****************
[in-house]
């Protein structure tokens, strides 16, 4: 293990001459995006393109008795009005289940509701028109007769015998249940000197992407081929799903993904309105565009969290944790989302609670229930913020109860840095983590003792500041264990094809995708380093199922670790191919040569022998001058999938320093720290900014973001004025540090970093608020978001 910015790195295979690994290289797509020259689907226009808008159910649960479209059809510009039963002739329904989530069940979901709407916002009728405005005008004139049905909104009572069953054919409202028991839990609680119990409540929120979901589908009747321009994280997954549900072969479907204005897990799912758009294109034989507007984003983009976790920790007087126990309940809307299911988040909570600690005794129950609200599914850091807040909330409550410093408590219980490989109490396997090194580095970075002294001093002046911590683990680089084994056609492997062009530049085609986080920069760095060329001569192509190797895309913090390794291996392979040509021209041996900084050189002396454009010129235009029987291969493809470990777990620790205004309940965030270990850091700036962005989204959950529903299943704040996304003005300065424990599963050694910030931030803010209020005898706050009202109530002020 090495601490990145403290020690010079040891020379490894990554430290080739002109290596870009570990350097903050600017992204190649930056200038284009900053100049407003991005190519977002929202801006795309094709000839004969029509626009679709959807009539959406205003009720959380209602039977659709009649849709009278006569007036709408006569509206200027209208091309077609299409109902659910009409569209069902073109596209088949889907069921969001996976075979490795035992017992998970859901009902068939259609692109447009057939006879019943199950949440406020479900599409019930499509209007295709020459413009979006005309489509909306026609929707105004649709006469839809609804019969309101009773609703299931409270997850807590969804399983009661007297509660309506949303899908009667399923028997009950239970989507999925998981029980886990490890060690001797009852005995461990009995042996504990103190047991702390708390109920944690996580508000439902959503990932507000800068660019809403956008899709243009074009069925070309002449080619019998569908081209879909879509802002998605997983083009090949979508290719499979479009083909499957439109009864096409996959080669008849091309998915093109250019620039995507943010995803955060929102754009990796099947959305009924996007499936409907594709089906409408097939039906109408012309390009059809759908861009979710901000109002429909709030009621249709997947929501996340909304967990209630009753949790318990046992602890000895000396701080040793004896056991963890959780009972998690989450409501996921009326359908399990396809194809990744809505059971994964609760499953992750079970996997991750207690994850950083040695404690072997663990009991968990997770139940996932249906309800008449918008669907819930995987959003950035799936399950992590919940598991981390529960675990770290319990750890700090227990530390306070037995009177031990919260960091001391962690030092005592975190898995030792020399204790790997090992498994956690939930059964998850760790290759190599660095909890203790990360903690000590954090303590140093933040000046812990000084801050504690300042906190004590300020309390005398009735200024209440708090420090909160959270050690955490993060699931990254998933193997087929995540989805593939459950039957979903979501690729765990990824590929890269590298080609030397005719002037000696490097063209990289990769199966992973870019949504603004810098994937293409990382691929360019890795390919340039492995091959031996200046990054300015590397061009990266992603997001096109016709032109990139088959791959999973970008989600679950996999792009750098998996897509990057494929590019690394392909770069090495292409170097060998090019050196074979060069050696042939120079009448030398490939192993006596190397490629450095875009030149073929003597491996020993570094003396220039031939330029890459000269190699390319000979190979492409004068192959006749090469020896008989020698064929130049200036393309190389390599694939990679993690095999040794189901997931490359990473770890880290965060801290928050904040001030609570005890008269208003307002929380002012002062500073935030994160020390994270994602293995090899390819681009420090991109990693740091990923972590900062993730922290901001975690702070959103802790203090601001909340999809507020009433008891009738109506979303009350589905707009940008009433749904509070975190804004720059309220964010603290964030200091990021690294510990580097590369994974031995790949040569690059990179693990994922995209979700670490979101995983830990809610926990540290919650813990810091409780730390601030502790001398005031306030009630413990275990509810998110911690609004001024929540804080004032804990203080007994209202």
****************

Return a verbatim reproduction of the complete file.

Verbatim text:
[in-house]
């Protein structure tokens, strides 16, 4: 293990001459995006393109008795009005289940509701028109007769015998249940000197992407081929799903993904309105565009969290944790989302609670229930913020109860840095983590003792500041264990094809995708380093199922670790191919040569022998001058999938320093720290900014973001004025540090970093608020978001 910015790195295979690994290289797509020259689907226009808008159910649960479209059809510009039963002739329904989530069940979901709407916002009728405005005008004139049905909104009572069953054919409202028991839990609680119990409540929120979901589908009747321009994280997954549900072969479907204005897990799912758009294109034989507007984003983009976790920790007087126990309940809307299911988040909570600690005794129950609200599914850091807040909330409550410093408590219980490989109490396997090194580095970075002294001093002046911590683990680089084994056609492997062009530049085609986080920069760095060329001569192509190797895309913090390794291996392979040509021209041996900084050189002396454009010129235009029987291969493809470990777990620790205004309940965030270990850091700036962005989204959950529903299943704040996304003005300065424990599963050694910030931030803010209020005898706050009202109530002020 090495601490990145403290020690010079040891020379490894990554430290080739002109290596870009570990350097903050600017992204190649930056200038284009900053100049407003991005190519977002929202801006795309094709000839004969029509626009679709959807009539959406205003009720959380209602039977659709009649849709009278006569007036709408006569509206200027209208091309077609299409109902659910009409569209069902073109596209088949889907069921969001996976075979490795035992017992998970859901009902068939259609692109447009057939006879019943199950949440406020479900599409019930499509209007295709020459413009979006005309489509909306026609929707105004649709006469839809609804019969309101009773609703299931409270997850807590969804399983009661007297509660309506949303899908009667399923028997009950239970989507999925998981029980886990490890060690001797009852005995461990009995042996504990103190047991702390708390109920944690996580508000439902959503990932507000800068660019809403956008899709243009074009069925070309002449080619019998569908081209879909879509802002998605997983083009090949979508290719499979479009083909499957439109009864096409996959080669008849091309998915093109250019620039995507943010995803955060929102754009990796099947959305009924996007499936409907594709089906409408097939039906109408012309390009059809759908861009979710901000109002429909709030009621249709997947929501996340909304967990209630009753949790318990046992602890000895000396701080040793004896056991963890959780009972998690989450409501996921009326359908399990396809194809990744809505059971994964609760499953992750079970996997991750207690994850950083040695404690072997663990009991968990997770139940996932249906309800008449918008669907819930995987959003950035799936399950992590919940598991981390529960675990770290319990750890700090227990530390306070037995009177031990919260960091001391962690030092005592975190898995030792020399204790790997090992498994956690939930059964998850760790290759190599660095909890203790990360903690000590954090303590140093933040000046812990000084801050504690300042906190004590300020309390005398009735200024209440708090420090909160959270050690955490993060699931990254998933193997087929995540989805593939459950039957979903979501690729765990990824590929890269590298080609030397005719002037000696490097063209990289990769199966992973870019949504603004810098994937293409990382691929360019890795390919340039492995091959031996200046990054300015590397061009990266992603997001096109016709032109990139088959791959999973970008989600679950996999792009750098998996897509990057494929590019690394392909770069090495292409170097060998090019050196074979060069050696042939120079009448030398490939192993006596190397490629450095875009030149073929003597491996020993570094003396220039031939330029890459000269190699390319000979190979492409004068192959006749090469020896008989020698064929130049200036393309190389390599694939990679993690095999040794189901997931490359990473770890880290965060801290928050904040001030609570005890008269208003307002929380002012002062500073935030994160020390994270994602293995090899390819681009420090991109990693740091990923972590900062993730922290901001975690702070959103802790203090601001909340999809507020009433008891009738109506979303009350589905707009940008009433749904509070975190804004720059309220964010603290964030200091990021690294510990580097590369994974031995790949040569690059990179693990994922995209979700670490979101995983830990809610926990540290919650813990810091409780730390601030502790001398005031306030009630413990275990509810998110911690609004001024929540804080004032804990203080007994209202």